My respected colleagues describe this case as involving a simple failure to disclose part of the plea agreement. I see it as more than that: It involves a pernicious scheme without any redeeming features, a scheme that can only spawn unnecessary post-trial motions and appeals when its presence in a case becomes known to the defense. The scheme violates both the letter and spirit of Giglio v. United States, 405 U.S. 150, 92 S.Ct. 763, 31 L.Ed.2d 104 (1972)(A prosecutor must disclose to the defense any inducements to a witness to testify.).
Every prosecutor knows that competent defense attorneys will use — and appropriately so — the sweetness of the quid pro quo tendered to one defendant to testify against another as the basis of an argument to a jury that the witness's testimony has been compromised or purchased, and is thus suspect. This case provides an example of this situation. The majority opinion describes Willhoite's counsel's attempt to pursue this strategy, an attempt that was blocked by the prosecutor's ruse. The prosecutor secretly disguised the real deal to make it appear less sweet than it was, leaving the jury with the false idea that Meyer was to remain in jail notwithstanding his cooperation. That Meyer was kept ignorant in no way mitigates what must be seen as a conscious effort to dupe the jury. Moreover, Meyer's deal was timed to become a reality after the period expired during which the petitioners could make a motion for a new trial. The purpose of this aspect of the arrangement is also objectionable.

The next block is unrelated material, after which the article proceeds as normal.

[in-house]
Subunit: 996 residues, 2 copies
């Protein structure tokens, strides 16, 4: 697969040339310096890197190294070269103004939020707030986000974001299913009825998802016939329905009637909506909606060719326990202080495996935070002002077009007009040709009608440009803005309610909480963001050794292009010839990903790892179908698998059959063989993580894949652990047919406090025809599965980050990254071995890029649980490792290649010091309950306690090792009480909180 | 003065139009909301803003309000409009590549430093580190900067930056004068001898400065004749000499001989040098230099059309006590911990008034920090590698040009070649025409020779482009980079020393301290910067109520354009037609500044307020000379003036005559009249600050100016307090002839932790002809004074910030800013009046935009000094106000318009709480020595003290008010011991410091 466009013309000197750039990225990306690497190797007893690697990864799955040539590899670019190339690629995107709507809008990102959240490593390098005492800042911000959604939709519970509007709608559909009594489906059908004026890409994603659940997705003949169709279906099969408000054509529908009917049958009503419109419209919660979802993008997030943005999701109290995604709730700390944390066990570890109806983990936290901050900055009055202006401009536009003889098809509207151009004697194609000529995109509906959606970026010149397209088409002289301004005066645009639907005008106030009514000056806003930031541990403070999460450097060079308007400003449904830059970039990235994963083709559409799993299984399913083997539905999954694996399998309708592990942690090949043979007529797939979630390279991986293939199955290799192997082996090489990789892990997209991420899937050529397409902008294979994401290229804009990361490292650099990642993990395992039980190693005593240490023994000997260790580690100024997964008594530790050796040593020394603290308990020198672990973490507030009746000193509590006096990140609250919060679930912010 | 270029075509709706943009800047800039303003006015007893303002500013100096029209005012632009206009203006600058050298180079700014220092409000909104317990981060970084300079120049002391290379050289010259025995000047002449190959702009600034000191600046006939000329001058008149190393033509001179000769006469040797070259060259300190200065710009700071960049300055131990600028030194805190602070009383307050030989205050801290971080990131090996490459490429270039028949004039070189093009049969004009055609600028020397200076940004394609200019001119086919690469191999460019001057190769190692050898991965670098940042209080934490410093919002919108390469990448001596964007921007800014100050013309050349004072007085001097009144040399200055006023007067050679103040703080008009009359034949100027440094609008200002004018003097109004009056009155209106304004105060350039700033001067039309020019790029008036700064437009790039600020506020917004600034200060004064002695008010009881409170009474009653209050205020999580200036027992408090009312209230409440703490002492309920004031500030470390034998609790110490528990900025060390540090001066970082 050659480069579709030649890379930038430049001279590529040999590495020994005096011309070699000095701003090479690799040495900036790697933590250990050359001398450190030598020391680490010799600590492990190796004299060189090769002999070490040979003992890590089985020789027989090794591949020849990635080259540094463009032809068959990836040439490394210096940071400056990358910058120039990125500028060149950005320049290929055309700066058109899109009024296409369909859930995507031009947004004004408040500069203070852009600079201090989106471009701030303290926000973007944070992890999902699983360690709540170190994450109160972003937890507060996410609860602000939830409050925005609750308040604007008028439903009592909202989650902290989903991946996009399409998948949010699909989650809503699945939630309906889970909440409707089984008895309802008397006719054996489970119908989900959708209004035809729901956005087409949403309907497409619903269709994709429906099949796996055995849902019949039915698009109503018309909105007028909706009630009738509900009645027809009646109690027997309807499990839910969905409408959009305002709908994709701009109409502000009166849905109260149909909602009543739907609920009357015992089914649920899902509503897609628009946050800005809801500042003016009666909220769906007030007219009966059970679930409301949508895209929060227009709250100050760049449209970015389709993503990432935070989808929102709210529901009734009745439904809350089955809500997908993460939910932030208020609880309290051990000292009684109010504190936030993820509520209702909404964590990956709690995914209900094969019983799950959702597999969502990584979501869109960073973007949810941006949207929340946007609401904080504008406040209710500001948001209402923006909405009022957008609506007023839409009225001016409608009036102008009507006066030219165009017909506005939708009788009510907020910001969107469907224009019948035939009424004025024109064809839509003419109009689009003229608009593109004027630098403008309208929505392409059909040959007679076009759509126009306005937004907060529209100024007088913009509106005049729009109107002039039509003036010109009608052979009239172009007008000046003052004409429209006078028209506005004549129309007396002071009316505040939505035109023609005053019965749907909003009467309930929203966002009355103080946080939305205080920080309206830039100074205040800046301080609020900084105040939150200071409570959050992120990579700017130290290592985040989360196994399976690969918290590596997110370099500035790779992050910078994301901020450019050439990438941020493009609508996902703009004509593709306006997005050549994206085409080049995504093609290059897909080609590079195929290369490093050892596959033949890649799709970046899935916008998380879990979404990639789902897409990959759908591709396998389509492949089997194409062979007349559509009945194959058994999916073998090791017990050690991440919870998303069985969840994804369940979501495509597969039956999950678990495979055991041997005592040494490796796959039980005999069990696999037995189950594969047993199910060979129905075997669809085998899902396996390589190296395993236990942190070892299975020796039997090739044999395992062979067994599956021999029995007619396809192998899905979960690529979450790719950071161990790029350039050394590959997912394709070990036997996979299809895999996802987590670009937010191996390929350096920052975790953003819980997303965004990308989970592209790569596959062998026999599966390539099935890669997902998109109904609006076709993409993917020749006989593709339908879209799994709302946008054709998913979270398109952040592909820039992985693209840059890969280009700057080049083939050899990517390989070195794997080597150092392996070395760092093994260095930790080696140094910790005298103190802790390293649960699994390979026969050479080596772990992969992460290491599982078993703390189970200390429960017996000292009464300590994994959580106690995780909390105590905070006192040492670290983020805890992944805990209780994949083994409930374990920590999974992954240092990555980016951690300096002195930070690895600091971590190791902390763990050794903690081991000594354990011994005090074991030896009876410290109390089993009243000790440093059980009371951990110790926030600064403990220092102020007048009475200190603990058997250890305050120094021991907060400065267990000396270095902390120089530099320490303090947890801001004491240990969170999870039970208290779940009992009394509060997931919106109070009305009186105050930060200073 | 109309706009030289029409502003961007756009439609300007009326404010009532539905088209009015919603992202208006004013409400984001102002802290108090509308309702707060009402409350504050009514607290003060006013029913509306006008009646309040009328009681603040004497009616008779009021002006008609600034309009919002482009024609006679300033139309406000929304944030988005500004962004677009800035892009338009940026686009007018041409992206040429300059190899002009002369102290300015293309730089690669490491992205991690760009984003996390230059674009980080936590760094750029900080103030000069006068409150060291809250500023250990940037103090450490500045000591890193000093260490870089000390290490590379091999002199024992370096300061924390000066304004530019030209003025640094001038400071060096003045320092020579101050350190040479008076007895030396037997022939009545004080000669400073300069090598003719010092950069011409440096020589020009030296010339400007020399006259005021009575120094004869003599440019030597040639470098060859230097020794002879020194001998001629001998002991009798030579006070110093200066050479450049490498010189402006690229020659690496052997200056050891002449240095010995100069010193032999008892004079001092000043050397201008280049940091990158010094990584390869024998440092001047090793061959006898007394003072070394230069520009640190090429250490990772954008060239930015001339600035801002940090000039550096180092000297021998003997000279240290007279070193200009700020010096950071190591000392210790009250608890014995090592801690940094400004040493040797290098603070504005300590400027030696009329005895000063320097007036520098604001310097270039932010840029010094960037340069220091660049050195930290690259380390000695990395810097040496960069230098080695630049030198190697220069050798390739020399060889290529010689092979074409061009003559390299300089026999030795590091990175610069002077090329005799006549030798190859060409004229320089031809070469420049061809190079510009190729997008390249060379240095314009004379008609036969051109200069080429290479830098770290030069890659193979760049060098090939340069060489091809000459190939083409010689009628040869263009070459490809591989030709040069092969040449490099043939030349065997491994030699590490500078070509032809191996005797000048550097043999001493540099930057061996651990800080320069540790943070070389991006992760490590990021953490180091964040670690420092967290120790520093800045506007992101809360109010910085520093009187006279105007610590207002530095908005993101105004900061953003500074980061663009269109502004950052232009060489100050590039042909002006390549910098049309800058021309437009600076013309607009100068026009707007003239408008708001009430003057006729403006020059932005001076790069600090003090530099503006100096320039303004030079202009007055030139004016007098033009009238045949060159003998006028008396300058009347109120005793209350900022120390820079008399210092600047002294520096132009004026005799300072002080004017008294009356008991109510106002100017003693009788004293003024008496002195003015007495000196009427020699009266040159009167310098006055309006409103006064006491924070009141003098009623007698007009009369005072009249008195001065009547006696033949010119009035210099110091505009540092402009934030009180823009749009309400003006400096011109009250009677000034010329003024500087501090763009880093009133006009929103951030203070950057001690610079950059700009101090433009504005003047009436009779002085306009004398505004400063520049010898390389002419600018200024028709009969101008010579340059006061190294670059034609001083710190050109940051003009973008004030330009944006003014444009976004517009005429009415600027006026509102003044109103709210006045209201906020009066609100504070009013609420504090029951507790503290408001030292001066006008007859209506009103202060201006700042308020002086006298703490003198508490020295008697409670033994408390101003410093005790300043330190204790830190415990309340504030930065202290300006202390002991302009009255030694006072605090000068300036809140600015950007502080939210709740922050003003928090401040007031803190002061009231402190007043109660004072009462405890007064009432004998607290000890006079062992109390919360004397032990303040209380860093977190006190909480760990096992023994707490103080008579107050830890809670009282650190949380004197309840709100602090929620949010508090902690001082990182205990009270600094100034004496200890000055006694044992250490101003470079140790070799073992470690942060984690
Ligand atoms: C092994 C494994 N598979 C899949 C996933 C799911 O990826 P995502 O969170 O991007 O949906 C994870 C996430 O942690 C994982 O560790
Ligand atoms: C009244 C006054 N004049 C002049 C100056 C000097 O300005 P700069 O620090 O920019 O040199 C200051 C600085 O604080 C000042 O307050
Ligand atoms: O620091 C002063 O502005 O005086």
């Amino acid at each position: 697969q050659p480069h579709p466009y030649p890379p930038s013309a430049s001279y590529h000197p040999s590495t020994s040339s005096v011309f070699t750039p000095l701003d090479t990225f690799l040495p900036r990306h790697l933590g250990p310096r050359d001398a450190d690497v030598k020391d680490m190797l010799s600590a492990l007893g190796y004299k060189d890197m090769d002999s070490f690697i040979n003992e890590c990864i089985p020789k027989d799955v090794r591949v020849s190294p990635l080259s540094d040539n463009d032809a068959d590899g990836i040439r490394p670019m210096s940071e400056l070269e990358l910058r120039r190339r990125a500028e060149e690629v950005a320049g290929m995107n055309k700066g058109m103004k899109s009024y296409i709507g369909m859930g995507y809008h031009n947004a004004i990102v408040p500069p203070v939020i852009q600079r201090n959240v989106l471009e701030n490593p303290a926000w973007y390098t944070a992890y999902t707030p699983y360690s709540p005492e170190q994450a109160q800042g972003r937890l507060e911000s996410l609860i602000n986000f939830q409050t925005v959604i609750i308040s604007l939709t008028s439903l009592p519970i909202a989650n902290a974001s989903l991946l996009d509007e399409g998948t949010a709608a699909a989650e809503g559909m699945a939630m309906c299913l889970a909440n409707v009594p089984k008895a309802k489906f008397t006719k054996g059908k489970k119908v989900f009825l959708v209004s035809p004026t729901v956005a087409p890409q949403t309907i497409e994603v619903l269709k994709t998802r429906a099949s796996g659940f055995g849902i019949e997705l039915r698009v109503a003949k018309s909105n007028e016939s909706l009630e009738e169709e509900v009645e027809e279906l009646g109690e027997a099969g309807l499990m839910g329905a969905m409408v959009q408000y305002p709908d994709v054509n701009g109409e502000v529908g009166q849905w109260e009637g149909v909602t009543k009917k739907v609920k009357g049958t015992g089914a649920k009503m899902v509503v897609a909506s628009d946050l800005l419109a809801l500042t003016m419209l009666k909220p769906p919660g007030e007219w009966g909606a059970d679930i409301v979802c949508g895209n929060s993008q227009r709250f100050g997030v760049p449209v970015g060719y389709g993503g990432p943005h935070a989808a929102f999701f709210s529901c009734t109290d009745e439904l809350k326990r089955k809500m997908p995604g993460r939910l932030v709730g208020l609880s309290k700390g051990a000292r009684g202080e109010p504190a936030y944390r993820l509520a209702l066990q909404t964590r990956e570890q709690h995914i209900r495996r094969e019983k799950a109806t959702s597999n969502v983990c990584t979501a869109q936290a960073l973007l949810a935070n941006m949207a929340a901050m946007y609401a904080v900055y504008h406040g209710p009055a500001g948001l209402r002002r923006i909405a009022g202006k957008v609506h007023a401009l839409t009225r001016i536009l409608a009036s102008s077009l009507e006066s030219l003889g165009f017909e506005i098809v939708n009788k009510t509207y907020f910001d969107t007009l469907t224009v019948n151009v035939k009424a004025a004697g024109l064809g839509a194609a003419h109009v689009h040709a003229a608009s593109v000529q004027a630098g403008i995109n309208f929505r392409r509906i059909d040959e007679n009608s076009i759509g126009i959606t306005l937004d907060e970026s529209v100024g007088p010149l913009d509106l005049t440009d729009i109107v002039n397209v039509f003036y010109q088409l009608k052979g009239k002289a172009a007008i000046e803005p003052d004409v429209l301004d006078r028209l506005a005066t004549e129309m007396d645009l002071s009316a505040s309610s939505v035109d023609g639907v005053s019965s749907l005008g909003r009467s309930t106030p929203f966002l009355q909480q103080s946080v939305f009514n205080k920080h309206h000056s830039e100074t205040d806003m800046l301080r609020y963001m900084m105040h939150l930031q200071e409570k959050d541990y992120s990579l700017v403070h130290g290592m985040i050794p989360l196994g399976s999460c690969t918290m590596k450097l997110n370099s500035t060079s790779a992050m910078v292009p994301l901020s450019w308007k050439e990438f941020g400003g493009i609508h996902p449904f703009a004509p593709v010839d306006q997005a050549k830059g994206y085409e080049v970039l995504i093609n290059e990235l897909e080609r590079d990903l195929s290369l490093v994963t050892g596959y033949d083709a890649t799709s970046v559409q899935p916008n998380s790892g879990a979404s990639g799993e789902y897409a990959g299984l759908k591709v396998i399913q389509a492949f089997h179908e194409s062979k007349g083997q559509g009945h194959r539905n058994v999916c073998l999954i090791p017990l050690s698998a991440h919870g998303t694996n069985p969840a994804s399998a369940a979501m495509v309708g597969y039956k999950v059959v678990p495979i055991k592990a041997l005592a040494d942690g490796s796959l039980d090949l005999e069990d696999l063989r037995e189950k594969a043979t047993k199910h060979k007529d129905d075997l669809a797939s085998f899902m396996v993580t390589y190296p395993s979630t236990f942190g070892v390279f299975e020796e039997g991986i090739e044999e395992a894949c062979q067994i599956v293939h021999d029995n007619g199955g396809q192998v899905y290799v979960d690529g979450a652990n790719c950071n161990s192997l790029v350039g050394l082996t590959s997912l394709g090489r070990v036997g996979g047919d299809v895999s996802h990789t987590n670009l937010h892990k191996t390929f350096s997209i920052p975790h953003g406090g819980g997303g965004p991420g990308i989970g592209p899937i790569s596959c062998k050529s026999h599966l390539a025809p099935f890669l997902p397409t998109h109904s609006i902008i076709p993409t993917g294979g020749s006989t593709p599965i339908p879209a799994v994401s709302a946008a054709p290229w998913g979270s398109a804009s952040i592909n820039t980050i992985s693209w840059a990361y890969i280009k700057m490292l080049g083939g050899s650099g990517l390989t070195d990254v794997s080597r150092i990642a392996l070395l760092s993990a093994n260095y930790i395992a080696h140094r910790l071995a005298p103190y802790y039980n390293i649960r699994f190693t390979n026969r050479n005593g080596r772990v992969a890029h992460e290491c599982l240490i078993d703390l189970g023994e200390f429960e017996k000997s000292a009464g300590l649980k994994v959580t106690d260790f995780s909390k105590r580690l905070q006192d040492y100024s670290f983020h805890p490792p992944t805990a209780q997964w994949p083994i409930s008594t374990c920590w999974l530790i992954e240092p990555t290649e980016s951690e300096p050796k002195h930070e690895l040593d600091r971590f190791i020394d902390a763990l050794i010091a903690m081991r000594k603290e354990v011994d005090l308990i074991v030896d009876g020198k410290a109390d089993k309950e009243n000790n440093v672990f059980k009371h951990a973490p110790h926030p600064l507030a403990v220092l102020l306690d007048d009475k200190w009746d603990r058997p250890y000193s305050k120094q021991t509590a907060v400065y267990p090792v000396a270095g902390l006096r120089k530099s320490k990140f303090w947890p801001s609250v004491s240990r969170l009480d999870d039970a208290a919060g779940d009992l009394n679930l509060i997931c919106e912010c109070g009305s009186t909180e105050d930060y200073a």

Our system of justice sanctions "deals" between prosecutors and codefendants, giving the latter benefits in return for their hopefully truthful testimony. We permit such arrangements because they are necessary to pursue serious criminal activity. On whom do we rely to keep the system honest? The jurors, who have the duty to determine the credibility of the witnesses. Plots to keep them ignorant are not appropriate.